Acclaimed for his simple style, Ernest Hemingway was economical when it came to the tools of his craft. All he needed to write, he said, was "[t]he blue-backed notebooks, the two pencils and the pencil sharpener (a pocket knife was too wasteful), the marble-topped tables, the smell of café crèmes, the smell of early morning sweeping out and mopping and luck."
The Hemingwrite -- a new gadget designed for writers to work without distractions -- aims to simplify the 21st-century writer's workspace, leaving only the essentials.
Now on Kickstarter, the Hemingwrite is made solely for typing and is based on the model of a retro word-processing machine. It's also WiFi-enabled and can back up your drafts to a cloud-based storage app, which automatically syncs with existing services like Google Drive or Evernote, letting the writer access drafts later from a computer.
The device and its syncing app were designed in Detroit by Adam Leeb, a mechanical engineer, and Patrick Paul, a software developer. They launched their crowdfunding campaign Wednesday, after creating several rounds of device prototypes. They aim to raise $250,000 by late January to get the Hemingwrite into production.
Here's the device in action. (Image courtesy of Hemingwrite.)
Above the device's mechanical keyboard sits a small Kindle-like E Ink screen. Flanking the screen are a few manual controls to turn on WiFi, switch documents or folders and toggle the display, which can show a timer, clock, word count, battery life and WiFi signal strength.
The Hemingwrite holds millions of pages, and the battery lasts for several weeks, Leeb said. You could potentially hole up in a cabin in the woods, free from connection to the outside world, so all that's left to do is "write the best story that you can and write it as straight as you can." At least, that's how Ernest Hemingway might have put it.
"We're trying to get everything else out of the way so you can just focus," Leeb told The Huffington Post last month as he cut the housing for one of the prototypes out of a hunk of aluminum with a computer-controlled milling machine. "We make it as convenient and easy as possible to use this as a drafting tool and get your files on your computer to do all the editing."
The Hemingwrite creators wanted to make a device that went a step beyond the distraction-free writers' tools that already exist. (Writing apps for your mobile device or computer can't change the fact that procrastination via Twitter or YouTube is just a click away.) As the two serial entrepreneurs looked into their idea, they found examples of writers who still use classic word-processing programs or machines, as well as typewriters or pen and paper, and then must deal with the arduous process of digitizing their work. (James Patterson may be able to write manuscripts on legal pads and have his drafts transcribed, but not all of us are blessed with assistants.)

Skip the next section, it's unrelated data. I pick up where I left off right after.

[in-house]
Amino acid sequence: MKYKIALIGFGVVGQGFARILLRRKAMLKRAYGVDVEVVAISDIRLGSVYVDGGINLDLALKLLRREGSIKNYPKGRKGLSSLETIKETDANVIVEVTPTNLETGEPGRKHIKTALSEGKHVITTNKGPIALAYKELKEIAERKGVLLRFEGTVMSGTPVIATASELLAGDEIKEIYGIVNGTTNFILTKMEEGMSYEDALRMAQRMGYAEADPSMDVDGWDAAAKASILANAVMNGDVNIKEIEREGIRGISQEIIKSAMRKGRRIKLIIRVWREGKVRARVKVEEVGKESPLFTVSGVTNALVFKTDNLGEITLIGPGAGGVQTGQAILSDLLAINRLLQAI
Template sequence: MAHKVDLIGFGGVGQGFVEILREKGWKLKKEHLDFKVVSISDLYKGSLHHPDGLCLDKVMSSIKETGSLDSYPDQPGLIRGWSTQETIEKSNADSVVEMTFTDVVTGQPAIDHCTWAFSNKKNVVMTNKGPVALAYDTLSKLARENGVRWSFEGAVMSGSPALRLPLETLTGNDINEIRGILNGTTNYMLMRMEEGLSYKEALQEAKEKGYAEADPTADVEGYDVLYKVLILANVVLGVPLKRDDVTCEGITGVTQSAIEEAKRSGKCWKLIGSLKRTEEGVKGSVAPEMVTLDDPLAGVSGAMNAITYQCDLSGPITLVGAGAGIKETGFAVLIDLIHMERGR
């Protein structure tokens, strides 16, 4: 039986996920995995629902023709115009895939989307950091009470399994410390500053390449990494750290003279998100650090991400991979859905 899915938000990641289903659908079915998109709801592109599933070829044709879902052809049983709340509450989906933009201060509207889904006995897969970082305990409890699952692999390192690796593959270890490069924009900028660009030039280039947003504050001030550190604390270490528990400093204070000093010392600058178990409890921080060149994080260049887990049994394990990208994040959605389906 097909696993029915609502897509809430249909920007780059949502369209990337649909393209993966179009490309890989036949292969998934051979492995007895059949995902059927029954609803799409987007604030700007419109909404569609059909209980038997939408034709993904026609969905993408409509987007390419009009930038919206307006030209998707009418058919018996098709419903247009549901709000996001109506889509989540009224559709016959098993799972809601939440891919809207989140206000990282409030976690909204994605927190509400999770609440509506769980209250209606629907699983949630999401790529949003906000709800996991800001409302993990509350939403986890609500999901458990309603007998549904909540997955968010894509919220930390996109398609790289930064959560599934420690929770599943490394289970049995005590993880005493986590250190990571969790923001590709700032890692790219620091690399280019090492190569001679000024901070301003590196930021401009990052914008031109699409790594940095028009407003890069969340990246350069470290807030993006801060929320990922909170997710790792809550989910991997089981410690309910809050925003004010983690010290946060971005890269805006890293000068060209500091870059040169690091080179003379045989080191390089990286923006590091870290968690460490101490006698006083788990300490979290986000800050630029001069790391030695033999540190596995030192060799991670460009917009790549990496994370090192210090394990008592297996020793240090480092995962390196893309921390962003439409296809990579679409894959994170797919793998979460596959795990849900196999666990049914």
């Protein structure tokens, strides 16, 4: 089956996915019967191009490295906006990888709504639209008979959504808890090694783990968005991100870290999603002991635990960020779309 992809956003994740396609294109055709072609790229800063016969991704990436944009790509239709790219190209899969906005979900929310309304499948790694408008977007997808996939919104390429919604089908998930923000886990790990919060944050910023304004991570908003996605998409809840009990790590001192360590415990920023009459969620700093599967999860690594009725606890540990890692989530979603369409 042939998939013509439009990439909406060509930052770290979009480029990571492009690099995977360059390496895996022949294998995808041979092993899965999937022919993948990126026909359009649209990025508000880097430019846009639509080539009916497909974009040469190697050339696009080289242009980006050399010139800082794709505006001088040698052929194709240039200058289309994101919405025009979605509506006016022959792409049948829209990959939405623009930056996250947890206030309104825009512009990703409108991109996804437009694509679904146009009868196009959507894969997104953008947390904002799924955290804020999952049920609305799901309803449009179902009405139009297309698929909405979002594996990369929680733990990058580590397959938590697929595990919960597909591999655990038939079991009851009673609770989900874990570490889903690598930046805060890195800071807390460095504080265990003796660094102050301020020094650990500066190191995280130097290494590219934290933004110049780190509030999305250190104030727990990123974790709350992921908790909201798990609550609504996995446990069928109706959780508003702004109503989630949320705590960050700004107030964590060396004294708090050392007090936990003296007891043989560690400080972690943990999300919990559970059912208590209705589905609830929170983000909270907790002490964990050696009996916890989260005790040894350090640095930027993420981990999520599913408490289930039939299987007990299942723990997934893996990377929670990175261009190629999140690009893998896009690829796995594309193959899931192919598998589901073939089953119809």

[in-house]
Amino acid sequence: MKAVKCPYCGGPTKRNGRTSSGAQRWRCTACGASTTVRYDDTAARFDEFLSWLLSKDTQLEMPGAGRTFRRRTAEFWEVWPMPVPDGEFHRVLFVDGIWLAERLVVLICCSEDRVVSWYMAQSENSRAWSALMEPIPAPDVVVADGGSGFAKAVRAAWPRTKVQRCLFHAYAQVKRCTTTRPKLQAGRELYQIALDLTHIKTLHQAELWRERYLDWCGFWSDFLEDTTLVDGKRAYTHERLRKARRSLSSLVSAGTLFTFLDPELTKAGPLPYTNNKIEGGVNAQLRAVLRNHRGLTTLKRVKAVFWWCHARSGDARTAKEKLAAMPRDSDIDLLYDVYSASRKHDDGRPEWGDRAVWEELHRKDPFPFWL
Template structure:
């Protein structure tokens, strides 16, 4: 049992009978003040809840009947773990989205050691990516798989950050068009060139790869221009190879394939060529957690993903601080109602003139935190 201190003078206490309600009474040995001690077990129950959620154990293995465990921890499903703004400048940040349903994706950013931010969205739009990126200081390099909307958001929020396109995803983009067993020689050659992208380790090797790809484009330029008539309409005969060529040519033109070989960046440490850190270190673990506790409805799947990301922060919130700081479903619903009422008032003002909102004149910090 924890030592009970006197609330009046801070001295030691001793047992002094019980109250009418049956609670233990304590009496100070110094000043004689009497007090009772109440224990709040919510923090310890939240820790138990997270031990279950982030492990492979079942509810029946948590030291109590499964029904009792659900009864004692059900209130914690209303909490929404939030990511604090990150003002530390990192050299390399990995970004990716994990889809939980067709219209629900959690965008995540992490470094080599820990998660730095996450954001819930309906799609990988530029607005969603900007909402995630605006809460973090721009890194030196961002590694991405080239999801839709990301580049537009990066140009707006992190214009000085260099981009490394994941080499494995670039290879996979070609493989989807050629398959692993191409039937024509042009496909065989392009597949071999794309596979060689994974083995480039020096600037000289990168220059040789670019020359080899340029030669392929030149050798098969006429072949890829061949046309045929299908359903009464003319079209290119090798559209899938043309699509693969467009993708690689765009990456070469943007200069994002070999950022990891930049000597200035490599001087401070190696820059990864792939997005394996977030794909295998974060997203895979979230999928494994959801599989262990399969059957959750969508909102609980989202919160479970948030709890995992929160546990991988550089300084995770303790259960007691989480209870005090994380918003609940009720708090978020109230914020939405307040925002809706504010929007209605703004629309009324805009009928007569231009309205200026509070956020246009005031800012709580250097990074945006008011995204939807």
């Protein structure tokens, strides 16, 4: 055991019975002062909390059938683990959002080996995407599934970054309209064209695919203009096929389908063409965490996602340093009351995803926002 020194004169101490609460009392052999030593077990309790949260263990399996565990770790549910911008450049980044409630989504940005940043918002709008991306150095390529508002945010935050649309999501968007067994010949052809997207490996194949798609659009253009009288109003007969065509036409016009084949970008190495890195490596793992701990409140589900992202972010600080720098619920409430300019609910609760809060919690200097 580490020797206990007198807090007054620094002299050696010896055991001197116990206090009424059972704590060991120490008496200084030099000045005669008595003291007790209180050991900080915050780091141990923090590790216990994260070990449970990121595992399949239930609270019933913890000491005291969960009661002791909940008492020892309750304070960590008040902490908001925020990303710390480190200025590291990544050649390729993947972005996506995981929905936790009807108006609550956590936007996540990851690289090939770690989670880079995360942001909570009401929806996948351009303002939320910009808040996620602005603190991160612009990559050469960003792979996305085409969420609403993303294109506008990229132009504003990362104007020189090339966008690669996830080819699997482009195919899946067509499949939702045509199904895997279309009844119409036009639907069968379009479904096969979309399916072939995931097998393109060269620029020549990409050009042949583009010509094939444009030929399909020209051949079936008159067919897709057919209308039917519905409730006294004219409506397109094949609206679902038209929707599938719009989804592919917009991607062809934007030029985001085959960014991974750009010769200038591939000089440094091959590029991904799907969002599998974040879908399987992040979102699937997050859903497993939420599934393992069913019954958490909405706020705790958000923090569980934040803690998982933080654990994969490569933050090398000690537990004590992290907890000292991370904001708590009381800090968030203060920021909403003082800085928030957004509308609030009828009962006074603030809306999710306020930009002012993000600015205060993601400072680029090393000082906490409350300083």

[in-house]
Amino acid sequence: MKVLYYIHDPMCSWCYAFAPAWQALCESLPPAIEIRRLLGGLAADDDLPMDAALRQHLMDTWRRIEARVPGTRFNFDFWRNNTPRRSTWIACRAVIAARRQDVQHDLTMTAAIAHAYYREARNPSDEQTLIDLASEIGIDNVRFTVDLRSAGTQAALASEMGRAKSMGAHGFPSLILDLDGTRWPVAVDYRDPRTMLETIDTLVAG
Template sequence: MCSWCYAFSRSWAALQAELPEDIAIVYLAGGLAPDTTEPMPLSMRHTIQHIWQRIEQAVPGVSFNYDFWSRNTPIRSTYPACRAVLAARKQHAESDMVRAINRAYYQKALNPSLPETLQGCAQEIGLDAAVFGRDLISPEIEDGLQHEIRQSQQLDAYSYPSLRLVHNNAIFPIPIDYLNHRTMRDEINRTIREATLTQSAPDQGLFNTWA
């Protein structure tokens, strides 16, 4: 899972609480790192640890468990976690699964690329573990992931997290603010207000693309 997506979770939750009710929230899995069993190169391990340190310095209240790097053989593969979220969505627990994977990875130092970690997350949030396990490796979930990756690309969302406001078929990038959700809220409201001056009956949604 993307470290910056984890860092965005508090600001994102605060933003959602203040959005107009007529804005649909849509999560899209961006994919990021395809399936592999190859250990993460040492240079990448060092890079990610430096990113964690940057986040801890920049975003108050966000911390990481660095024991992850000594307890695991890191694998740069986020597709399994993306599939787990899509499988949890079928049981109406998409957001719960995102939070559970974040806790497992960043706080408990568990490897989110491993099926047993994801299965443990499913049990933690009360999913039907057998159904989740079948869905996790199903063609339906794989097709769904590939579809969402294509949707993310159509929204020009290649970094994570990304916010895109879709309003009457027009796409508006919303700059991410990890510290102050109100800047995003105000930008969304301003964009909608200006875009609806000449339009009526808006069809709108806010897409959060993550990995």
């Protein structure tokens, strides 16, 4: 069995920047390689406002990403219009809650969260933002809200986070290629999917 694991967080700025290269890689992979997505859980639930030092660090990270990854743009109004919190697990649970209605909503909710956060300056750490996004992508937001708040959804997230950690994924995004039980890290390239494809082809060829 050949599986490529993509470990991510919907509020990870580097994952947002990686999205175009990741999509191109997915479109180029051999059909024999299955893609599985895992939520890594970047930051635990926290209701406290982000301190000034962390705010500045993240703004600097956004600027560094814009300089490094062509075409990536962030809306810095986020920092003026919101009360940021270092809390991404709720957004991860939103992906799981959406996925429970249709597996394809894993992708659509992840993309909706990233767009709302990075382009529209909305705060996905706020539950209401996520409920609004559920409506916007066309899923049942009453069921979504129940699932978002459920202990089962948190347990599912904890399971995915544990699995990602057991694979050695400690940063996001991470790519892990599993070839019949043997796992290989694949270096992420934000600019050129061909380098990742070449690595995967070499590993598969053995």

Leeb and Paul knew their idea had sticking power when the Hemingwrite made it to the semifinals in the Engadget Insert Coin inventors' competition in October. They received over a thousand messages from excited would-be customers around the world, Leeb said.
Some have expressed concerns about the Hemingwrite in the prototype stage, however.
"No matter how good the hardware is, or how replaceable the battery, it's going to be tricky to base a device around cloud syncing and then make it survive the passage of different wireless standards and word processing software, especially if it somehow outlives the company that builds it," writes The Verge.
Also, the Hemingwrite doesn't make it easy to scroll back more than short amounts, which could pose a challenge for those who like to review as they work. In a forum, one writer suggested the device's 4-pound weight isn't very portable. Others may balk at the $499 sticker price.
"Some people have said, 'Oh, you're just making another device that's going to sit on the shelf,'" Leeb said. "Well that's not our aim by any means. We're not trying to make a nostalgia product."
The Hemingwrite is available for discounted pre-order through the Kickstarter and is expected to be shipped out to the first round of customers next fall, assuming the fundraising campaign is successful.